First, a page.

Teaching on the Border

As children are separated from their parents along our southern border, one teacher considers our responsibility to help.
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Photo by John Moore

Editor's note: On June 20, 2018, President Trump issued an executive order ending the policy of family separation at the U.S. border. It is still unclear, however, when or how the more than 2,000 children already affected will be reunited with their parents.

I hear the shift of the shackles and see glimpses of orange jumpsuits through a crack in the door as one person after the next moves up to hear the charges against them. In the next three hours, 151 cases will be heard, about one every minute. 

Among the masses of people rushed through the federal courthouse are asylum seekers who were taken into custody at authorized crossing points, mothers and fathers separated from their children upon entry into the United States. Assigned a unique “alien number,” the children are difficult—if not impossible—for their parents to find. 

As I leave the federal courthouse, I watch as the security guards discuss preparations for the “prisoners” to be transported to detention centers, preparing for the next round to arrive for their hearing. Once processed through the system, parents will scramble to locate their children before their deportation date. When they’re not successful, they’re forced out of the country, leaving their children behind.

Just miles away from the courthouse, and from my classroom, sits the largest government-contracted migrant youth shelter in the country. Among the many heartbreaks of our current system is the fact that the children in this shelter—the ones who were torn from their parents to be housed in a repurposed Walmart—are actually luckier than the children who will be taken from their parents today. Those children will most likely be sent to one of the tent cities, hastily assembled as a response to this manufactured crisis and currently serving as what any Texan will tell you is a wholly inadequate answer to the heat of June and July. 

As educators, we know the severity and the impact of trauma on our children. Those of us who are citizens must recognize the trauma that is being inflicted—today, right now—in the name of law and order. We must consider at the outset the dangers that are driving many of these migrant children here from their homes including human trafficking, violence and displacement from natural disasters. After surviving impossible conditions at home and a perilous journey to the U.S. border, these children have been torn from their parents’ arms. They are thrown into a system that clearly has no investments in their best interests and offers no assurance of when, or even if, they’ll be reunited with their parents again. This practice is an affront to the fundamental rights and dignity of children. It has been criticized by groups from all corners of our country and the world including the American Academy of Pediatrics, the Southern Baptist Convention and the U.S. Conference of Catholic Bishops. It’s a slap in the face and a blow to the heart of every educator who has worked to honor, love and nurture children.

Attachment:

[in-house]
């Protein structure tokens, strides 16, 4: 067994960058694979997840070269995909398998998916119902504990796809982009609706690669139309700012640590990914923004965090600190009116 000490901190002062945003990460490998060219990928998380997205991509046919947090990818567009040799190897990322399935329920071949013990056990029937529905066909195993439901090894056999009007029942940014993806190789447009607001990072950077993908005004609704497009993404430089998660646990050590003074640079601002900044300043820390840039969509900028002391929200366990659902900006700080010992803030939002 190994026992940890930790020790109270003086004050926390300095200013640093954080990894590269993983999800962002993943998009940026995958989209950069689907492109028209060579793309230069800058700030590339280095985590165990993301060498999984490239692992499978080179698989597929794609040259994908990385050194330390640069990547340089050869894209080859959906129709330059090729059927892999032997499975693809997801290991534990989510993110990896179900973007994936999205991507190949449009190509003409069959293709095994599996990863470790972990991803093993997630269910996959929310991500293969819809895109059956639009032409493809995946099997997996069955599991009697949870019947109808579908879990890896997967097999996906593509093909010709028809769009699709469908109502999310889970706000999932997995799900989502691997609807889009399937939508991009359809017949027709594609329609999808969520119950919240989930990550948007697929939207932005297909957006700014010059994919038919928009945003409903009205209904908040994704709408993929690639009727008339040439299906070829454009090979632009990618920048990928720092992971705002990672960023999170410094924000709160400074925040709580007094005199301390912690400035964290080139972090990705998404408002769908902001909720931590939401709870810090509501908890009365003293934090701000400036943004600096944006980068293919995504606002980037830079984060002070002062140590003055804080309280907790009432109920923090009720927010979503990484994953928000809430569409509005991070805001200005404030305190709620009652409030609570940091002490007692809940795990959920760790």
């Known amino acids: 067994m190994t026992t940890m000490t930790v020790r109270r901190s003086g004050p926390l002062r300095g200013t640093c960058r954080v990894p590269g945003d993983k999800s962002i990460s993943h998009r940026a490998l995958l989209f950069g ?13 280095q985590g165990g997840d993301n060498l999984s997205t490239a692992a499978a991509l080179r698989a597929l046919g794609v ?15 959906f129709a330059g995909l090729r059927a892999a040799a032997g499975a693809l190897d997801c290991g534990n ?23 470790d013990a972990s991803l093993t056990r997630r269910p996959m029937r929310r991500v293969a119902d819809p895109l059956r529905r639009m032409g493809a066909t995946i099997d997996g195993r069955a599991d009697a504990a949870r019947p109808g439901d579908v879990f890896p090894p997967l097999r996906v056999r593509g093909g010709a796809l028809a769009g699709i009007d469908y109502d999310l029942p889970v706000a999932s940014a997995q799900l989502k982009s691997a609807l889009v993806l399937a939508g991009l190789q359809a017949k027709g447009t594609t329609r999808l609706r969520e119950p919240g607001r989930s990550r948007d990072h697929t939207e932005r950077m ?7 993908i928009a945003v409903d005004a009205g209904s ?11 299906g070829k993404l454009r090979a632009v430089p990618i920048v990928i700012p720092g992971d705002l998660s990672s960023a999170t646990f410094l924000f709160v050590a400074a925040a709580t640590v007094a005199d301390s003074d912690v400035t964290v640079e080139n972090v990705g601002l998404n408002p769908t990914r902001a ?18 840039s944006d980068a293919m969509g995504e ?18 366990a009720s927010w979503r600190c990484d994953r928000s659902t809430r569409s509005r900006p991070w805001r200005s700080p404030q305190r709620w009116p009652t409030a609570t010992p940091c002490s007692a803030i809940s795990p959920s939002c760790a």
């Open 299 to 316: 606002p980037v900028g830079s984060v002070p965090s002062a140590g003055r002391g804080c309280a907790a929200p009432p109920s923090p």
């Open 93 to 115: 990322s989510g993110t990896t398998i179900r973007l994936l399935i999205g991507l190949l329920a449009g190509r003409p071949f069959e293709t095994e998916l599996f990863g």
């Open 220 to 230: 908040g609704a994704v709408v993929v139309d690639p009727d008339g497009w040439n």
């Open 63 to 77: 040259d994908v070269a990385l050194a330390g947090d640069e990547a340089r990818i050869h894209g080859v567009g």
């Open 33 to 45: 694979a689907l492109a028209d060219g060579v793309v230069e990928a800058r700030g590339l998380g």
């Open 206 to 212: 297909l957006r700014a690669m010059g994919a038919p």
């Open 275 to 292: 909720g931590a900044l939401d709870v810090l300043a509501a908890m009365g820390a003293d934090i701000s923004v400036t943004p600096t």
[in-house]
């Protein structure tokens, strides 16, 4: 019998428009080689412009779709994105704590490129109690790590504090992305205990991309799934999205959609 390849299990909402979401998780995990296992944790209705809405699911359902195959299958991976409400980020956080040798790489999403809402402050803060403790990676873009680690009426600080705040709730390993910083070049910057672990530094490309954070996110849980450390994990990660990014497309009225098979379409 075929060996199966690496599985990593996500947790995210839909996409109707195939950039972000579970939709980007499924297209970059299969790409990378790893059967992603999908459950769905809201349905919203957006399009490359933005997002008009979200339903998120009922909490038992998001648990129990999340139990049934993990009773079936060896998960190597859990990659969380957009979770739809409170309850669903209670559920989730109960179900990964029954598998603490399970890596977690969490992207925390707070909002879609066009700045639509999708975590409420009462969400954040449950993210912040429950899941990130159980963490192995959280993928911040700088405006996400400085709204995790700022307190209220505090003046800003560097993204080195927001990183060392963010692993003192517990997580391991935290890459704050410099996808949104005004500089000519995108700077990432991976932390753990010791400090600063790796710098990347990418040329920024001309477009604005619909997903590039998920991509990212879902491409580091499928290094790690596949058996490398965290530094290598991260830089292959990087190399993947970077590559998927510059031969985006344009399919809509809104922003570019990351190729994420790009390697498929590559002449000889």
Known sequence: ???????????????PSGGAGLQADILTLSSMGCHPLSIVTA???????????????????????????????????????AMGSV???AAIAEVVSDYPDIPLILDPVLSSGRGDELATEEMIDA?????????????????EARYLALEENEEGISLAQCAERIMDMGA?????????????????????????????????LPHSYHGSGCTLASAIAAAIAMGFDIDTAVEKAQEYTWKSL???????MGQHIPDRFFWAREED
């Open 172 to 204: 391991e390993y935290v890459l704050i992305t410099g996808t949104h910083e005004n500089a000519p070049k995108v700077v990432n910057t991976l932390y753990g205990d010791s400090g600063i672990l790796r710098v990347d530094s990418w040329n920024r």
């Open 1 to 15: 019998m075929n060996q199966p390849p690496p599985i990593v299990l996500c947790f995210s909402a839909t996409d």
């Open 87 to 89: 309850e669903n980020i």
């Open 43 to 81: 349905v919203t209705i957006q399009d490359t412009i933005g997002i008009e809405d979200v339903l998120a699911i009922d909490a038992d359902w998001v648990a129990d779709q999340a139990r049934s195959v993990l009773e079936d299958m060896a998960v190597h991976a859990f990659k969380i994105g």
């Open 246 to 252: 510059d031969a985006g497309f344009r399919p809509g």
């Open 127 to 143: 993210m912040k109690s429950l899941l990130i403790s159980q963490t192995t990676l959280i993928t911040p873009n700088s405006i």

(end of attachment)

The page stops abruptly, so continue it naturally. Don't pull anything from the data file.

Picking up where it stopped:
Standing outside the courthouse doors, a contracted security guard turns to me. “You’ve never heard the screams of a five-year-old child like when you take her away from her parent,” he says. “It’ll put a chill down your spine.” 

As educators, we know what to do when a child is in pain. When they’re lost or afraid, we don’t wait to learn more about the situation. We don’t blame their parents for their choices. Ensuring that children feel safe and loved is our primary job as educators, and we cannot rest until we see that all children, whether in our own classrooms or not, are being spared from the pain of this inhumane policy.

Monday, The Atlantic published a recording of children separated from their parents at the border. “They scream ‘Mami’ and “Papá” over and over again,” Ginger Thompson explains, “as if those are the only words they know.” 

Now we’ve heard their screams. We have to ask ourselves: How will we use our voices to respond?

Griffith is a middle school social studies teacher in Brownsville, Texas.

As the crisis at the border continues to unfold, there are ways you can help.


If you’d like to donate money, The Texas Tribune has assembled a list of organizations working on behalf of children separated from their parents.


The Atlanta Journal Constitution has created a list of ways you can show your support beyond donations, including protesting and contacting elected officials, and Quartz makes additional suggestions.


If you’re looking for an event or protest to attend, Families Belong Together will allow you to search by zip code or state.


If you want to help children in your own community, Congressman Tony Cárdenas recommends donating supplies at a local refugee resettlement office.